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Occasional and persistent frequent attenders and sickness absences in occupational health primary care: a longitudinal study in Finland

08 Feb 2019


Frequent attenders (FAs) create a substantial portion of primary care workload but little is known about FAs’ sickness absences. The aim of the study is to investigate how occasional and persistent frequent attendance is associated with sickness absences among the working population in occupational health (OH) primary care.

Setting and participants

This is a longitudinal study using medical record data (2014–2016) from an OH care provider in Finland. In total, 59 676 patients were included and categorised into occasional and persistent FAs or non-FAs. Sick-leave episodes and their lengths were collected along with associated diagnostic codes. Logistic regression was used to analyse associations between FA status and sick leaves of different lengths (1–3, 4–14 and ≥15 days).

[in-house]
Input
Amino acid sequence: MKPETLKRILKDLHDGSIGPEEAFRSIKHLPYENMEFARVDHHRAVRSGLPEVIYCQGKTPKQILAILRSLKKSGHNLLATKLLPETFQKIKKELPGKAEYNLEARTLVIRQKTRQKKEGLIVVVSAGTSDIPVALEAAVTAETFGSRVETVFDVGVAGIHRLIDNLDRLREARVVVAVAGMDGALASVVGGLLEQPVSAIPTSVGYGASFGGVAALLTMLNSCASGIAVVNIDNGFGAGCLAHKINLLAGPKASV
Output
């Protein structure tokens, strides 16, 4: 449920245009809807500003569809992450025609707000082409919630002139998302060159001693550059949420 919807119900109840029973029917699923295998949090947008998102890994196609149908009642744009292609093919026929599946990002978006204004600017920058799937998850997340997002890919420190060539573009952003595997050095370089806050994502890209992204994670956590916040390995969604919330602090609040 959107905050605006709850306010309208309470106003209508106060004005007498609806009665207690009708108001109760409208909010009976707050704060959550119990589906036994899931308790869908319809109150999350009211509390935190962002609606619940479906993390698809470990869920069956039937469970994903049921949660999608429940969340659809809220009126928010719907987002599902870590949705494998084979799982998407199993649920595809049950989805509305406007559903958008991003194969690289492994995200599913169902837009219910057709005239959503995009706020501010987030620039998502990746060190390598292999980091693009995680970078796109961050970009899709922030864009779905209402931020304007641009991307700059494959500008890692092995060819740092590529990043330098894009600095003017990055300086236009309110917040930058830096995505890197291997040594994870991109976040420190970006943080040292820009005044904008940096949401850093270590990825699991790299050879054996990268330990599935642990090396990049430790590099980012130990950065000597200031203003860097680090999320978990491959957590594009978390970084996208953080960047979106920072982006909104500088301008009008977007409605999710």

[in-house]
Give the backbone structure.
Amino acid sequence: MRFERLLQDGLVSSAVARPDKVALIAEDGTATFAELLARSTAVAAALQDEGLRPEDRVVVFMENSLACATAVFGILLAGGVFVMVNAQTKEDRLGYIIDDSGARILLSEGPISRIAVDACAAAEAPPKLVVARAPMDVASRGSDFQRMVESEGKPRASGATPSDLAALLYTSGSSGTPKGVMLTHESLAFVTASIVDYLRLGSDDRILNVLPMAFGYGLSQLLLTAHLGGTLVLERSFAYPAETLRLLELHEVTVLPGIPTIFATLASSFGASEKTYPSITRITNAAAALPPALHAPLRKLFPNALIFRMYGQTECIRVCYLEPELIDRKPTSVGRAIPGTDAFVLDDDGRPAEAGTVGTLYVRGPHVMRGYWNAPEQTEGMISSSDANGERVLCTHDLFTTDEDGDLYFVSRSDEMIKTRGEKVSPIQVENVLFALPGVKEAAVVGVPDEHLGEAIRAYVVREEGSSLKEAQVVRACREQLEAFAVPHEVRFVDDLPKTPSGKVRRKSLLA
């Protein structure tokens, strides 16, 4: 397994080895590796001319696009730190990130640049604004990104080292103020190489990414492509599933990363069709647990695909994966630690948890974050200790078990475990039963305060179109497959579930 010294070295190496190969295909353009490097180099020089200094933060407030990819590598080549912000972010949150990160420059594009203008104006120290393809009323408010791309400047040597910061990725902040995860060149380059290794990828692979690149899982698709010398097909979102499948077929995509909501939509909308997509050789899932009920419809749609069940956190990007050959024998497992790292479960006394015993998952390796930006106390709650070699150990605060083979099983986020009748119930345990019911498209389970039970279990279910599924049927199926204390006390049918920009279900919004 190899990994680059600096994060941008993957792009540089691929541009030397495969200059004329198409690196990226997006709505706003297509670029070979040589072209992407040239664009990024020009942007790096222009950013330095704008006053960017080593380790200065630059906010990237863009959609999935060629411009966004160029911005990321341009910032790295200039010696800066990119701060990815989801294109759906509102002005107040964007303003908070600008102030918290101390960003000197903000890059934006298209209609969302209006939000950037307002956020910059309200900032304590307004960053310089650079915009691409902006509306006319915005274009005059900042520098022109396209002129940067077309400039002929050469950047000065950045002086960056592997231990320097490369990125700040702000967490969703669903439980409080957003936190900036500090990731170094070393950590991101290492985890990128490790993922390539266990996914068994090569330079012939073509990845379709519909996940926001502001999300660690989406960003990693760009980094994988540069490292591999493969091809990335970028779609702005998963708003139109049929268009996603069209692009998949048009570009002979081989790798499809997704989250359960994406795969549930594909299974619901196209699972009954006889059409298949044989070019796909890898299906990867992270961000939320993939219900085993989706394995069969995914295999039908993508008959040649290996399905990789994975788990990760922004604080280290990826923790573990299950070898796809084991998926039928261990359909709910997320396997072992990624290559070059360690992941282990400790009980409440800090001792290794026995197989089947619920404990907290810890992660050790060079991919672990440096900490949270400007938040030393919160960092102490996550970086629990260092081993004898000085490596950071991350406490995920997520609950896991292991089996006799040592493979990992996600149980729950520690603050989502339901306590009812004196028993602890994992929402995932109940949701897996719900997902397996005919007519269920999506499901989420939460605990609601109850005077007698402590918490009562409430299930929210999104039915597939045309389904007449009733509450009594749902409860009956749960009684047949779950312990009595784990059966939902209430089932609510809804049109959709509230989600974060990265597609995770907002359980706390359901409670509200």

Both occasional and persistent FA had more and longer duration of sick leave than non-FA through the study years. Persistent FAs had consistently high absence rates. Occasional FAs had elevated absence rates even 2 years after their frequent attendance period. Persistent FAs (OR=11 95% CI 7.54 to 16.06 in 2016) and occasional FAs (OR=2.95 95% CI 2.50 to 3.49 in 2016) were associated with long (≥15 days) sickness absence when compared with non-FAs. Both groups of FAs had an increased risk of long-term sick leaves indicating a risk of disability pension.


Both occasional and persistent FAs should be identified in primary care units caring for working-age patients. As frequent attendance is associated with long sickness absences and possibly disability pensions, rehabilitation should be directed at this group to prevent work disability.

Click here to view the full article which appeared in BMJ Open